The need for Windows laptop branding

The need for Windows laptop branding

Summary: We've got MacBooks and Chromebooks, brands that tell the consumer what they are and who makes them. Then there's Windows laptops, the segment without a brand.

Windows laptops
(Image: Microsoft)

Branding is everything in business. A successful brand resonates with prospective buyers, calls to mind the company that makes the product, and is used in good marketing campaigns to create the desired image for the purchaser. We see these brands in the laptop space. MacBooks come from Apple and Chromebooks come from Google. Unfortunately, there's not a brand for the Windows laptop segment, and that puts it at a disadvantage.

The MacBook brand has been around since the laptops were white plastic models. Apple has been able to leverage marketing around that one brand for years, and it's worked well for the company. There are now MacBook Airs and Pros, but they are all MacBooks. One brand for a whole product line.

The argument can be properly made that the MacBook brand is natural since all of the products it represents come from Apple. That's true, but Google has successfully established the Chromebook brand even though it only makes one of the laptops the brand represents. The other Chromebooks, made by HP, Lenovo, Samsung, and Acer, also fall under the Chromebook brand.

With the Chromebook, all advertising pushes the brand no matter if the push comes from Google or the actual laptop vendor. It says Chromebook on the product, and that instantly makes the prospective buyer think of Google and the Chrome platform. 

This single branding is what Windows laptops are missing. There might be a tiny Windows logo somewhere on the product but there's no brand to represent the product. It's always been that way, and that needs to change.

Microsoft would be wise to come up with a brand, WinBook or the like, that can be promoted so that it comes to represent in consumers' minds a laptop with Windows. This is even more true today, with Windows 8 devices appearing the are both tablets and laptops, than in the past when most laptops were pretty much alike.

The new class of Windows devices, sometimes referred to as convertibles, hybrids, and most recently 2-in-1's, need a common brand that consumers come to think of as Windows laptops. Having a unified brand would make all of the offerings coming from Microsoft's partners seem to be a consistent product line. It will be tough for Microsoft to get all the OEMs to play along but it could incentivize them to do so.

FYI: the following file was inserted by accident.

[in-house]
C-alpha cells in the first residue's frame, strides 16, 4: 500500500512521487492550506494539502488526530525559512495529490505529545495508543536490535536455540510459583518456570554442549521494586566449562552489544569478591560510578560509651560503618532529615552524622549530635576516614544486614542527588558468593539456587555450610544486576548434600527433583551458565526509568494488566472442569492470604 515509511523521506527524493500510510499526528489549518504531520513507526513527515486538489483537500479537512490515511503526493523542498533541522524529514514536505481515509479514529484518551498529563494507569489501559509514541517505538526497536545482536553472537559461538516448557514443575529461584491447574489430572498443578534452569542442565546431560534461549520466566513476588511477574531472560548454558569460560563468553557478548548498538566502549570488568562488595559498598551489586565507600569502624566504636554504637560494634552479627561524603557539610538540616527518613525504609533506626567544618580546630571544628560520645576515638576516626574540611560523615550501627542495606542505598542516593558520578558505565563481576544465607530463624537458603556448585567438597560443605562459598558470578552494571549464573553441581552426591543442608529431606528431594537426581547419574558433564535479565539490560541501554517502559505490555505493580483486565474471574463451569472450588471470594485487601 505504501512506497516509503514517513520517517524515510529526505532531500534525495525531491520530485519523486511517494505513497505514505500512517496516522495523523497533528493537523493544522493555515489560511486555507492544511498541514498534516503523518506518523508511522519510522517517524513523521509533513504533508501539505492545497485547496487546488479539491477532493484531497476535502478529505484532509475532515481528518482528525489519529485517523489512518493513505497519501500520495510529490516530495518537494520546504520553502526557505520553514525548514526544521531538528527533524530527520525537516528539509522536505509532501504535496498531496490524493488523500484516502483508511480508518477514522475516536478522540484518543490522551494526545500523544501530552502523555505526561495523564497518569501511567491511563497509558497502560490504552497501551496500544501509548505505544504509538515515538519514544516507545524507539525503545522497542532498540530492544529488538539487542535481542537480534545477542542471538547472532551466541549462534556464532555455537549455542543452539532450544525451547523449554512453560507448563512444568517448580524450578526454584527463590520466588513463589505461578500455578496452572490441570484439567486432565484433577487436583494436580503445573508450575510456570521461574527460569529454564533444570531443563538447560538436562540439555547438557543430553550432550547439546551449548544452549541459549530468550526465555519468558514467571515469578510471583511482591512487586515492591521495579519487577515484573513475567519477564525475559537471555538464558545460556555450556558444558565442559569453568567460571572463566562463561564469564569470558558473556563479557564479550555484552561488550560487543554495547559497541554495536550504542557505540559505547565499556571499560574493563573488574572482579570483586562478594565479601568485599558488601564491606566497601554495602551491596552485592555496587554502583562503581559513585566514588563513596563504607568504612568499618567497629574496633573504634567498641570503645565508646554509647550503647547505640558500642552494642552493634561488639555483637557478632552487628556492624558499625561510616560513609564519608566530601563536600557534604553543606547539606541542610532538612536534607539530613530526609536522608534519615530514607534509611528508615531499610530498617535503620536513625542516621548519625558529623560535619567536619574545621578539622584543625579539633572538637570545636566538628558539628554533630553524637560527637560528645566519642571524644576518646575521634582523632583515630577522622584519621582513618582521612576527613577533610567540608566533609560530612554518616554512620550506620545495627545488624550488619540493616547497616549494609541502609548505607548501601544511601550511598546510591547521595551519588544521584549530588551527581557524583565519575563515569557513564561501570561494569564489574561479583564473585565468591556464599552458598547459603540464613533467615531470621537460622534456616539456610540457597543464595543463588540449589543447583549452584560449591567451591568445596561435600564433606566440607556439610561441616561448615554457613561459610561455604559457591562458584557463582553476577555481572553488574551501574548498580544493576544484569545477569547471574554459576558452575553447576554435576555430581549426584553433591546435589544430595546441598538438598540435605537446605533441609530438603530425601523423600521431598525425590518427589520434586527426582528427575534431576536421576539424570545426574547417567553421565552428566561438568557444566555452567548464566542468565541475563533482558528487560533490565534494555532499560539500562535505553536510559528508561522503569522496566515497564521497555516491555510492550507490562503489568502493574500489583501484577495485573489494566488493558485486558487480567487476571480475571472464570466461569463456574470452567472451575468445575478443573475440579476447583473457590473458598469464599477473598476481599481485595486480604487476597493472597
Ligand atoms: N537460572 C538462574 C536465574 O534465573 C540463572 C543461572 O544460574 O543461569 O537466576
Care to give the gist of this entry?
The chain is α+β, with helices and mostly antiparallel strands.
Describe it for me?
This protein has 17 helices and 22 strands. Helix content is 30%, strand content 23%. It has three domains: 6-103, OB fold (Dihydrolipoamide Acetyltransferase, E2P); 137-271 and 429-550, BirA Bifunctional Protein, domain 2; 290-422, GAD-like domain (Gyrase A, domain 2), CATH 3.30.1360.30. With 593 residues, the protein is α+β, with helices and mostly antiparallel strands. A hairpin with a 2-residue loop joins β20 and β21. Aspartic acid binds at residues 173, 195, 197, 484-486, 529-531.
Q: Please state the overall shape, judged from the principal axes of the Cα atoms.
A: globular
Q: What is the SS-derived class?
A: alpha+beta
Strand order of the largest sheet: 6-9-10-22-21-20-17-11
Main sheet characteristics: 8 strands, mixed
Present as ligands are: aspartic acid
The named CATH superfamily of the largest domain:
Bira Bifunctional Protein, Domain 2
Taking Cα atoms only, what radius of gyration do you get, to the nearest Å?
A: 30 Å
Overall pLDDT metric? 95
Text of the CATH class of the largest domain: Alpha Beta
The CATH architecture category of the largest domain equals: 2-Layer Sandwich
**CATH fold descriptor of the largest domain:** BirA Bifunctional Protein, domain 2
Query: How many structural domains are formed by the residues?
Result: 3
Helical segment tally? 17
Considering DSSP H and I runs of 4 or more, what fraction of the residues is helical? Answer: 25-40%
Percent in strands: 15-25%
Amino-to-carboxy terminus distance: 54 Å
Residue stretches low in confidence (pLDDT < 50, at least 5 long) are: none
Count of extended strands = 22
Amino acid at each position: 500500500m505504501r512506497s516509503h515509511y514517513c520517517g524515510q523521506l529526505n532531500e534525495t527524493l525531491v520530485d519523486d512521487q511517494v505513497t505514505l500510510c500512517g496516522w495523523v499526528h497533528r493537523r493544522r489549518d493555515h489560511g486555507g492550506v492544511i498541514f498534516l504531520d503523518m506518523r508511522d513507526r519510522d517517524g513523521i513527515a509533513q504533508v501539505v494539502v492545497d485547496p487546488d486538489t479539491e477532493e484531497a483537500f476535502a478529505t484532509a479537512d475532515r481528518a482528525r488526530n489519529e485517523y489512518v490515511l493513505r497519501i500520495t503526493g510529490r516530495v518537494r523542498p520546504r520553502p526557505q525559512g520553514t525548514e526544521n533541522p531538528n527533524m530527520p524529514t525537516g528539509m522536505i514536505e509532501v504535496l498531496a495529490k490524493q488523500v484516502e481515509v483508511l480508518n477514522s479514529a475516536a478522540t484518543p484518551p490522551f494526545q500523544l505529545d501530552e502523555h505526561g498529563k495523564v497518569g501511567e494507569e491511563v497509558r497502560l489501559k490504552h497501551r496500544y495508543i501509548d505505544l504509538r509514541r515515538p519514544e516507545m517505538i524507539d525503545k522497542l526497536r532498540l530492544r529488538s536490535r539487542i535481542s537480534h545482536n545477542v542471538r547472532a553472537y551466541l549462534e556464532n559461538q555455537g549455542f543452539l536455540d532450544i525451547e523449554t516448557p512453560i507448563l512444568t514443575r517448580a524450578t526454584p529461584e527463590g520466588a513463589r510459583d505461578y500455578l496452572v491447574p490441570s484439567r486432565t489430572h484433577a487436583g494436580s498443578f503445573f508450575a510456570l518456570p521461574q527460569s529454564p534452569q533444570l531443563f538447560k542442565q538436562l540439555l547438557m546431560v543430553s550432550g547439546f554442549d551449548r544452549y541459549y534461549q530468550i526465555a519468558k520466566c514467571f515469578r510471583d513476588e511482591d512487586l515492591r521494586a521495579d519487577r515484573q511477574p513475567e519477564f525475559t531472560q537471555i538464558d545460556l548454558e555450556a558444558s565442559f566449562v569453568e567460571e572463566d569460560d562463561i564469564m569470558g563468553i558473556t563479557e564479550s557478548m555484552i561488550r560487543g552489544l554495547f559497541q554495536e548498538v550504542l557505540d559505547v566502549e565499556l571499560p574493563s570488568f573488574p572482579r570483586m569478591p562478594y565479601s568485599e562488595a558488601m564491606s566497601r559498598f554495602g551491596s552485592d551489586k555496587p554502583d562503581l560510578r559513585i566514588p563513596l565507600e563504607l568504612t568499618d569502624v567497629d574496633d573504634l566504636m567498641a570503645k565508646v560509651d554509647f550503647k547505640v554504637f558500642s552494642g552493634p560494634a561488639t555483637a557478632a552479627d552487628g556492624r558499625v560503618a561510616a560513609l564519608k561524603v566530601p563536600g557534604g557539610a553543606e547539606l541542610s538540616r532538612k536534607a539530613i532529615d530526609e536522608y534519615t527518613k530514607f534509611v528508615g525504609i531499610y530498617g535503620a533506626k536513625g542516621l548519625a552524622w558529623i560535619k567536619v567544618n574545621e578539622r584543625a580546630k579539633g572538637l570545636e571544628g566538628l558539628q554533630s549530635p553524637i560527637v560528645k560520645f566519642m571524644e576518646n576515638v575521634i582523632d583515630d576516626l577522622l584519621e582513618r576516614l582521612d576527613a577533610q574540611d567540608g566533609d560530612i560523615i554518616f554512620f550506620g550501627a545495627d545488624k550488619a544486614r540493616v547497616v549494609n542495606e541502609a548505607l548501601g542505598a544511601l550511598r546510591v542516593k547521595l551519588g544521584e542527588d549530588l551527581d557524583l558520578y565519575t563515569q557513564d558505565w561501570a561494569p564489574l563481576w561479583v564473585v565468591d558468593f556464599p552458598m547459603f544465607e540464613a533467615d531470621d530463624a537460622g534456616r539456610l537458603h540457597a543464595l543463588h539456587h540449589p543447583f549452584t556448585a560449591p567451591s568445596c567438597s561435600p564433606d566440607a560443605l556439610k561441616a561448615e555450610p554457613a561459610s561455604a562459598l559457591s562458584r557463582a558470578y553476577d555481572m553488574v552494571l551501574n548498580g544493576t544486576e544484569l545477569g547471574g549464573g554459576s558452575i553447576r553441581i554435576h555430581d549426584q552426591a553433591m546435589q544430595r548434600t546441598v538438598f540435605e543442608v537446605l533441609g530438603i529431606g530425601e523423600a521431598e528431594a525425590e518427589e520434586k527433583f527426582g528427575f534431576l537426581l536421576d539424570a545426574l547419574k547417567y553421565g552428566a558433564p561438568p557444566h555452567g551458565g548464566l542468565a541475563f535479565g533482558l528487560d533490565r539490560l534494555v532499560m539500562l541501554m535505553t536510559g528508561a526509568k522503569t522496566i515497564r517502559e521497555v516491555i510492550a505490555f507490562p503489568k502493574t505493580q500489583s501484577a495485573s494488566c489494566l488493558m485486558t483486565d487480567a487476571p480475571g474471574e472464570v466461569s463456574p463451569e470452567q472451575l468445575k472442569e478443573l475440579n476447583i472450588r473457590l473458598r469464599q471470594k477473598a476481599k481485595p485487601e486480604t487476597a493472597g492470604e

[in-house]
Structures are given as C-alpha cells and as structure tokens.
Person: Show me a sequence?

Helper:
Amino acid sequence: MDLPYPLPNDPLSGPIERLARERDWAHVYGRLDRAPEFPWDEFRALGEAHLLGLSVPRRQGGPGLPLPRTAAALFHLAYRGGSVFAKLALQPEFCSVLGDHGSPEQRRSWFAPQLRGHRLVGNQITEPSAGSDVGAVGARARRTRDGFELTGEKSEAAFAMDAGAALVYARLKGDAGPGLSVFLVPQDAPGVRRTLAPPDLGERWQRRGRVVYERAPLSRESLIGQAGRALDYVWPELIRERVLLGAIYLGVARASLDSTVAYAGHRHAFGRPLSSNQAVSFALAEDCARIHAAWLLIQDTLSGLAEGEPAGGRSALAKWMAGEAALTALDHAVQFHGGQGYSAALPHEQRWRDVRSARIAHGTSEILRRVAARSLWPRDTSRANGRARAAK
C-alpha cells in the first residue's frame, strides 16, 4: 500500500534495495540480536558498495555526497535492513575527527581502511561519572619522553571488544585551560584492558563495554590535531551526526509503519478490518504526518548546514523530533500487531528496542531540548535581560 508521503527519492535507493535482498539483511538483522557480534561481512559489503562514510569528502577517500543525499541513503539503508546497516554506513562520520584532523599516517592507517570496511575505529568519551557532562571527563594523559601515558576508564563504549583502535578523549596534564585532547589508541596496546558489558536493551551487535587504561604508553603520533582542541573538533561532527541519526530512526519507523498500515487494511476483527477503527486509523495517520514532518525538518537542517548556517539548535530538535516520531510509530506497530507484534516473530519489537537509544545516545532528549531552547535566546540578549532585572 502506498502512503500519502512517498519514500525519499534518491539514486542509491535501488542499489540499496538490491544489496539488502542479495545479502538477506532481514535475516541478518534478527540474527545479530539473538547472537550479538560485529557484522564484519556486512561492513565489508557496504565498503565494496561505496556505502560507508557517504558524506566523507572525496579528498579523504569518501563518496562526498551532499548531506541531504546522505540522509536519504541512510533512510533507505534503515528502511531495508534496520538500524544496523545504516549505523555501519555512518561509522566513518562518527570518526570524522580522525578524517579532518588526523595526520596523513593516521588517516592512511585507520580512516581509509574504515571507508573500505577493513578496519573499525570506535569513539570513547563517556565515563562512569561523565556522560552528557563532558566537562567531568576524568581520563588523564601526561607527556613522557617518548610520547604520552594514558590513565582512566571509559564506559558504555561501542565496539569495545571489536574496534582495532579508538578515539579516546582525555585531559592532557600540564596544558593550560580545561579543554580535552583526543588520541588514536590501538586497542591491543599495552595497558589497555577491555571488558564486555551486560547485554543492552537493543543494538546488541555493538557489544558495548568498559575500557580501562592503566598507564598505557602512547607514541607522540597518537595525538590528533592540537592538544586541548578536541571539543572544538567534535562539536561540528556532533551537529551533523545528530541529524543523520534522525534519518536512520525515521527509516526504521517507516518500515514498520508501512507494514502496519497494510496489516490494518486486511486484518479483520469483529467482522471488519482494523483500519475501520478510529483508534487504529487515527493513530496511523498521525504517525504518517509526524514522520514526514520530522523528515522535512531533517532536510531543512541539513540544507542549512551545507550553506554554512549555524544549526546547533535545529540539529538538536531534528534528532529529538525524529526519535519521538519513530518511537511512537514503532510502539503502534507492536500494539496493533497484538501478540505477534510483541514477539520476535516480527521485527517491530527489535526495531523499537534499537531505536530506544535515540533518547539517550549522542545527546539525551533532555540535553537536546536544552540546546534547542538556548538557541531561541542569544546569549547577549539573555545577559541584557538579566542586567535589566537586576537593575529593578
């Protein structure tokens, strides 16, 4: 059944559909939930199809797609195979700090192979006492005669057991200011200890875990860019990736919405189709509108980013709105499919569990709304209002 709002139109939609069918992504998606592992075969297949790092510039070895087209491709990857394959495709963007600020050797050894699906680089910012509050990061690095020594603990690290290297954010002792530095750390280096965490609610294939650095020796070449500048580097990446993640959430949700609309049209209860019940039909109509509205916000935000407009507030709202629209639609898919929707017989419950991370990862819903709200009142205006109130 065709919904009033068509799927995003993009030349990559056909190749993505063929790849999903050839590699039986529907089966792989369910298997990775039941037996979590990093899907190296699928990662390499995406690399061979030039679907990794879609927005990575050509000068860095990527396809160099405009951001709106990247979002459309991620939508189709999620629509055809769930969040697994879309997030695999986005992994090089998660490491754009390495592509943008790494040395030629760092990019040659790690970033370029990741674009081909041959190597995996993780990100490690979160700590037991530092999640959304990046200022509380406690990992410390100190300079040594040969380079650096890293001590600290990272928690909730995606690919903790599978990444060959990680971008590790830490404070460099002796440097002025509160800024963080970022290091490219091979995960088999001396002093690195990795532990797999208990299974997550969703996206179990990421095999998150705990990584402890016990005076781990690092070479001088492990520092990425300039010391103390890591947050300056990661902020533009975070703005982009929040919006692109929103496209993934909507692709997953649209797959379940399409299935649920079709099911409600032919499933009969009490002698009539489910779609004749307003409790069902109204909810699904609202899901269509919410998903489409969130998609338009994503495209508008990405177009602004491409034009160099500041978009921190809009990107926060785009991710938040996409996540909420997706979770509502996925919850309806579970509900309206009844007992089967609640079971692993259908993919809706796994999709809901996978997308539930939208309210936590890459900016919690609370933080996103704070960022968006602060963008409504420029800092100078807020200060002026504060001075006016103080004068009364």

A single brand like WinBook or the like would start to paint a mental image of the Windows laptop for prospective buyers. That's a good thing as currently there is no such brand for them to latch onto. Intel tried UltraBook but the average consumer is not aware of it. That's probably because Intel wasn't consistent in its marketing and tried to make it a narrow segment of the total Windows laptop space.

Maybe WinBook is not ideal for this brand, if you have a better one leave it in the comments. It needs to be simple, distinctive, and representative of the Windows laptop space. Something that Microsoft could pitch to the masses to build brand recognition. The folks in Redmond can still pitch their own Surface brand, but they also need a broader brand for all Windows laptops.

See also:

Topics: Mobility, Laptops, Microsoft Surface, Windows 8

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  • They already have a brand

    They have something already: t's called Surface. This is a good name for branding. When it is about getting the OEM's use the brand, I'd say that they should stay with Windows.
    • Do Not Understand

      You are correct Surface is a great brand name. They recycled it from a touch table that they made for several years. They basically own the brand name and would not step on some ones toes like they did with Metro. They could sort of control how it is used by others. What I do not understand is why they limit it to only 2 models they make.
    • Branding is for the clueless

      If you make a decision based on brand, you are clueless.
      Fortunately, there are a lot of clueless people for these brand based marketing.
      • No, not really.

        When I am shopping for a Windows "branded" computer. I still need to decide which vendor I trust the most. Once I know I want Windows, I have a choice between the "big three": HP, Dell, Lenovo and any number of independents - or, I can even go DIY. I am not clueless just because I pick a vendor I trust. (Usually based upon past experience.)
        M Wagner
        • The purpose of branding

          is to exert a bias on choice.
          Grouping windows laptops as a brand like "Winbook" is like trying to group non-diesel, non-electric, non-LPG cars as a brand. It is pointless.
    • Surface?

      Surface IS NOT A LAPTOP.
      • One might argue that it is (or can be)

        It has an available keyboard cover. It is marketed to be used in landscape mode. The Surface Pro is virtually indistinguishable from a MacBook Air (except of course for Windows instead of Max OS X).
        M Wagner
    • +1

  • Great point James

    but I would not leave any branding decision up to Microsoft. They flip flop and recycle naming way too much to be effective or trusted.

    Get together with the OEMs and come up with several classifications of laptops.

    Something for high end use: ultrabooks already there
    Something for gaming devices
    Something for entry level devices
    Something for mid range devices